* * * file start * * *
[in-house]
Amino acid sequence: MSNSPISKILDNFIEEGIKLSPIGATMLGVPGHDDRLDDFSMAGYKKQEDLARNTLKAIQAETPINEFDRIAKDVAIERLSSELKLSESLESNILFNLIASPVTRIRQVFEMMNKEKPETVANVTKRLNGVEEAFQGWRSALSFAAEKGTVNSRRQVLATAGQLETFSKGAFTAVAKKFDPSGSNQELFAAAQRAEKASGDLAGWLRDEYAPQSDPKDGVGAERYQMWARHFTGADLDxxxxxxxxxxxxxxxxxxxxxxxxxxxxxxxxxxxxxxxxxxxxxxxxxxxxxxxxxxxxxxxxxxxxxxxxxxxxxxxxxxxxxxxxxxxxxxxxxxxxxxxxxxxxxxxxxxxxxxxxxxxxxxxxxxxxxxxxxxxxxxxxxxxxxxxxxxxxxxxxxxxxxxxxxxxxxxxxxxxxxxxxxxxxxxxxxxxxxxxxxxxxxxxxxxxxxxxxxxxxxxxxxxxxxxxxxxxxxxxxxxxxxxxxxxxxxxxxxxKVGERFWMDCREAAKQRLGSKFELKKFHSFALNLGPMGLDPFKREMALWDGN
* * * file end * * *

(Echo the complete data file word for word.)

[in-house]
Amino acid sequence: MSNSPISKILDNFIEEGIKLSPIGATMLGVPGHDDRLDDFSMAGYKKQEDLARNTLKAIQAETPINEFDRIAKDVAIERLSSELKLSESLESNILFNLIASPVTRIRQVFEMMNKEKPETVANVTKRLNGVEEAFQGWRSALSFAAEKGTVNSRRQVLATAGQLETFSKGAFTAVAKKFDPSGSNQELFAAAQRAEKASGDLAGWLRDEYAPQSDPKDGVGAERYQMWARHFTGADLDxxxxxxxxxxxxxxxxxxxxxxxxxxxxxxxxxxxxxxxxxxxxxxxxxxxxxxxxxxxxxxxxxxxxxxxxxxxxxxxxxxxxxxxxxxxxxxxxxxxxxxxxxxxxxxxxxxxxxxxxxxxxxxxxxxxxxxxxxxxxxxxxxxxxxxxxxxxxxxxxxxxxxxxxxxxxxxxxxxxxxxxxxxxxxxxxxxxxxxxxxxxxxxxxxxxxxxxxxxxxxxxxxxxxxxxxxxxxxxxxxxxxxxxxxxxxxxxxxxKVGERFWMDCREAAKQRLGSKFELKKFHSFALNLGPMGLDPFKREMALWDGN